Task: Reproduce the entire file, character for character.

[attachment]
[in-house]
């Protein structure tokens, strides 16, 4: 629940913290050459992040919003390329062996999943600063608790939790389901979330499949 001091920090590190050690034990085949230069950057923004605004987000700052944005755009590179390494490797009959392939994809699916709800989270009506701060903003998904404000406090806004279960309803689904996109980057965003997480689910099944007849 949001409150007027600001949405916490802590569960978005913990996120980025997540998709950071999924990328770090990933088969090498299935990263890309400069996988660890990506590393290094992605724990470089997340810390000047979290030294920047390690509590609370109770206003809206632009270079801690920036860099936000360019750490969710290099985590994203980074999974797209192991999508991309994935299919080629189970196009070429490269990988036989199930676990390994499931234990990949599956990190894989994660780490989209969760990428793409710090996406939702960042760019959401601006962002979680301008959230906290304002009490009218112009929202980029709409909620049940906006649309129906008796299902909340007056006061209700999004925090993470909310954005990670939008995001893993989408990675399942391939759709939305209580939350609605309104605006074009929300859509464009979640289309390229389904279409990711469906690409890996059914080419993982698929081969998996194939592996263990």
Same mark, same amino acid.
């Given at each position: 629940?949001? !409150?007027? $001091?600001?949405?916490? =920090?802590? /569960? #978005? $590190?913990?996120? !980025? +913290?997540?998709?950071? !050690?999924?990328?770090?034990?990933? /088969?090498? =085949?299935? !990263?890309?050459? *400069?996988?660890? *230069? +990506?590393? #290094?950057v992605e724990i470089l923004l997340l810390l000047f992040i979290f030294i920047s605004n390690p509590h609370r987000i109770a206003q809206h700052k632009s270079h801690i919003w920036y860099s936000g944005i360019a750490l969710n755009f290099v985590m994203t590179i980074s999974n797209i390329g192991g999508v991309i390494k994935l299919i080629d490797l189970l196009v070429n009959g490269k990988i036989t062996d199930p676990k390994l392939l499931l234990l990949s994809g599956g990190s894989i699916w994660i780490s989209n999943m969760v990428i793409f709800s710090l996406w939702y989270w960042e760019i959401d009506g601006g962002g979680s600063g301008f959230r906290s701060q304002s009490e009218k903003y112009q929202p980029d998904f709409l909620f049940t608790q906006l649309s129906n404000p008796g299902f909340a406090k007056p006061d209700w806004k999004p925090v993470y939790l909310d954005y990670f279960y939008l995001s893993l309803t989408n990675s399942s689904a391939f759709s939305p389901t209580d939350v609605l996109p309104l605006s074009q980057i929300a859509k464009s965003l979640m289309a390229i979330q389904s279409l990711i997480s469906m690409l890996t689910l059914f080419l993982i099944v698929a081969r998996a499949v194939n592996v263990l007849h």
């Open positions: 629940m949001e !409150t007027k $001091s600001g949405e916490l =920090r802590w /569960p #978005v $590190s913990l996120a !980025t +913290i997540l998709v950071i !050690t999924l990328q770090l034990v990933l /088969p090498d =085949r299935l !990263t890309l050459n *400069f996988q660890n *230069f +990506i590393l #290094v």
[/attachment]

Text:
[in-house]
């Protein structure tokens, strides 16, 4: 629940913290050459992040919003390329062996999943600063608790939790389901979330499949 001091920090590190050690034990085949230069950057923004605004987000700052944005755009590179390494490797009959392939994809699916709800989270009506701060903003998904404000406090806004279960309803689904996109980057965003997480689910099944007849 949001409150007027600001949405916490802590569960978005913990996120980025997540998709950071999924990328770090990933088969090498299935990263890309400069996988660890990506590393290094992605724990470089997340810390000047979290030294920047390690509590609370109770206003809206632009270079801690920036860099936000360019750490969710290099985590994203980074999974797209192991999508991309994935299919080629189970196009070429490269990988036989199930676990390994499931234990990949599956990190894989994660780490989209969760990428793409710090996406939702960042760019959401601006962002979680301008959230906290304002009490009218112009929202980029709409909620049940906006649309129906008796299902909340007056006061209700999004925090993470909310954005990670939008995001893993989408990675399942391939759709939305209580939350609605309104605006074009929300859509464009979640289309390229389904279409990711469906690409890996059914080419993982698929081969998996194939592996263990």
Same mark, same amino acid.
């Given at each position: 629940?949001? !409150?007027? $001091?600001?949405?916490? =920090?802590? /569960? #978005? $590190?913990?996120? !980025? +913290?997540?998709?950071? !050690?999924?990328?770090?034990?990933? /088969?090498? =085949?299935? !990263?890309?050459? *400069?996988?660890? *230069? +990506?590393? #290094?950057v992605e724990i470089l923004l997340l810390l000047f992040i979290f030294i920047s605004n390690p509590h609370r987000i109770a206003q809206h700052k632009s270079h801690i919003w920036y860099s936000g944005i360019a750490l969710n755009f290099v985590m994203t590179i980074s999974n797209i390329g192991g999508v991309i390494k994935l299919i080629d490797l189970l196009v070429n009959g490269k990988i036989t062996d199930p676990k390994l392939l499931l234990l990949s994809g599956g990190s894989i699916w994660i780490s989209n999943m969760v990428i793409f709800s710090l996406w939702y989270w960042e760019i959401d009506g601006g962002g979680s600063g301008f959230r906290s701060q304002s009490e009218k903003y112009q929202p980029d998904f709409l909620f049940t608790q906006l649309s129906n404000p008796g299902f909340a406090k007056p006061d209700w806004k999004p925090v993470y939790l909310d954005y990670f279960y939008l995001s893993l309803t989408n990675s399942s689904a391939f759709s939305p389901t209580d939350v609605l996109p309104l605006s074009q980057i929300a859509k464009s965003l979640m289309a390229i979330q389904s279409l990711i997480s469906m690409l890996t689910l059914f080419l993982i099944v698929a081969r998996a499949v194939n592996v263990l007849h």
């Open positions: 629940m949001e !409150t007027k $001091s600001g949405e916490l =920090r802590w /569960p #978005v $590190s913990l996120a !980025t +913290i997540l998709v950071i !050690t999924l990328q770090l034990v990933l /088969p090498d =085949r299935l !990263t890309l050459n *400069f996988q660890n *230069f +990506i590393l #290094v």